Monday, November 4, 2013

Golden-Crowned Kinglet

This past Saturday, (November 2, 2013) some members from the Ohio University Wildlife Club traveled to the Earl H. Barnhart Buzzards Roost Nature Preserve (what a name!) outside of Chillicothe in Ross County. The goal was simple, visit the Northern Saw-Whet banding station there that was run by Dr. Kelly Williams in hopes of seeing some of these adorable little owls.

Well, long story short, we netted no owls in over four hours of waiting. It was a disappointment, but the rest of the trip was great. For those of you interested in the Saw-Whet aspect (which is incredibly interesting), please check out these posts on Jim McCormac's blog: Post 1, Post 2, and Post 3.

We arrived a few hours before sundown to participate in some passerine (songbird) banding, just in case we didn't get in owls (so thankfully we got to see some birds!) They banded a Downy Woodpecker, a Yellow-Rumped Warbler, and a Golden-Crowned Kinglet. The kinglet is the star of this post.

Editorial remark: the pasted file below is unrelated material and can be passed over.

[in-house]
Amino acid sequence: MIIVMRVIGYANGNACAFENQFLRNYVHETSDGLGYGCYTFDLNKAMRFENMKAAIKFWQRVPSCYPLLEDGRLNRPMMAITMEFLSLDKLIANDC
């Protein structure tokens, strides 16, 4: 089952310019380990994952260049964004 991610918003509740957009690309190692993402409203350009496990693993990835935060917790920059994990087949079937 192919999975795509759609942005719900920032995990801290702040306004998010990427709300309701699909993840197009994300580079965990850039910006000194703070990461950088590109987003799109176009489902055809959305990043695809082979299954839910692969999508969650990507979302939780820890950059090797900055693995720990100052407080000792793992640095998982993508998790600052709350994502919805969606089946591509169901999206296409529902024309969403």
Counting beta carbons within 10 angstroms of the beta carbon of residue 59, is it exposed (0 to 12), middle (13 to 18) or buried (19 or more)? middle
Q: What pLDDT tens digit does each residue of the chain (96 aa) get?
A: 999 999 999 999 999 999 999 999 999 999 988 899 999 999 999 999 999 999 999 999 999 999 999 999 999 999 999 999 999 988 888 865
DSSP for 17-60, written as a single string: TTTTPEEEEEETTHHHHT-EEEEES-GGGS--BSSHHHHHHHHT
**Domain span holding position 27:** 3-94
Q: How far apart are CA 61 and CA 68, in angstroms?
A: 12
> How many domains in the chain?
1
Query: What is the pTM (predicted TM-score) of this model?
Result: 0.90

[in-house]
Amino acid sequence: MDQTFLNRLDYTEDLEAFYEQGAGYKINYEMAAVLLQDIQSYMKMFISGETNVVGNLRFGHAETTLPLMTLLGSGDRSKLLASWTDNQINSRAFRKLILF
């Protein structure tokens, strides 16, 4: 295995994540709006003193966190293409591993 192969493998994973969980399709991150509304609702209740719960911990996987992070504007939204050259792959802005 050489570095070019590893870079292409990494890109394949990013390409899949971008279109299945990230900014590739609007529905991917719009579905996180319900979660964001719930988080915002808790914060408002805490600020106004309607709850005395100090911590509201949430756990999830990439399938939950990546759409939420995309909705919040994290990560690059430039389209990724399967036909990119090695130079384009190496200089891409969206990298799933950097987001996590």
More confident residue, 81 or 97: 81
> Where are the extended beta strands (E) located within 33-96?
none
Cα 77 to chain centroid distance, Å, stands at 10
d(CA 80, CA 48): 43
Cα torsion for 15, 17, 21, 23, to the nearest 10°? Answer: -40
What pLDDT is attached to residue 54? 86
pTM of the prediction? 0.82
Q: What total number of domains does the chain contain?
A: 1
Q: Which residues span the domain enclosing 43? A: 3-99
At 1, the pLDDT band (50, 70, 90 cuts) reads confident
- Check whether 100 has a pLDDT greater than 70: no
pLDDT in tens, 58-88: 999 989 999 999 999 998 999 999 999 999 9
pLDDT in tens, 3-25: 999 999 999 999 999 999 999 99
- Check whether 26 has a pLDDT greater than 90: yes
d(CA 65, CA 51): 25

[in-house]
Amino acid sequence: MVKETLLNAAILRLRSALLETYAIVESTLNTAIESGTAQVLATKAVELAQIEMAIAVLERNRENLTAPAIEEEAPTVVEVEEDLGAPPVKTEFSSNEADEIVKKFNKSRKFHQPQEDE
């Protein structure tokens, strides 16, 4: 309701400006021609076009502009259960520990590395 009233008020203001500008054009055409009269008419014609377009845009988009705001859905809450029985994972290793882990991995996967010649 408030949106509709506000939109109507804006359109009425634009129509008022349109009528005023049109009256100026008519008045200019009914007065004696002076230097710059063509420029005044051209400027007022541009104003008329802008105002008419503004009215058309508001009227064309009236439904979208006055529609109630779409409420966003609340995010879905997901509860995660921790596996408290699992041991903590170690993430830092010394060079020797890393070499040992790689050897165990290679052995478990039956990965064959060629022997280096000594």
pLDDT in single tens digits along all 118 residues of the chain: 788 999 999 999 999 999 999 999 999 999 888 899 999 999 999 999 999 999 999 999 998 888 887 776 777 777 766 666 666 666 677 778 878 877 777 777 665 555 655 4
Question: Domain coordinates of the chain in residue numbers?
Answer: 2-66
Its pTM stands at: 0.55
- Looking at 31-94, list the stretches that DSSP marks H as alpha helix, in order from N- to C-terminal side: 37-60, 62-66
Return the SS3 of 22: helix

This tiny guy is a male Golden-Crowned Kinglet. I wanted to include this photo to give you guys a scale of just how small this species is. Now, they might be small, but they are definitely a packet of energy. In Ohio, Golden-Crowned Kinglet migration peaks in April and October, but some stick around all winter. They breed in Canada and western montane ecosystems of the US.

Here's a close up that shows the namesake golden-crown. In the breeding season, this tiny songbird actively forages for insects high-up in the canopy of coniferous forests; however, in winter this species can be found in a variety of deciduous and coniferous forests.

Dr. Williams, while holding this kinglet in the "photographer's grip," soon discovered that by slowly petting his back, he would raise his crest. Normally, they only raise their crest for intimidation and the likes, so I'm not sure if this one was raising it out of anger or fear, or if he was raising it because he simply liked the petting. He wasn't putting up a fight really, so who knows why he raised his crest exactly. Regardless, it was really awesome to see because one normally doesn't get to witness this in the wild.

That's all for this post! Keep tuned; there's a lot of posts I have backed up that will hopefully be published soon!

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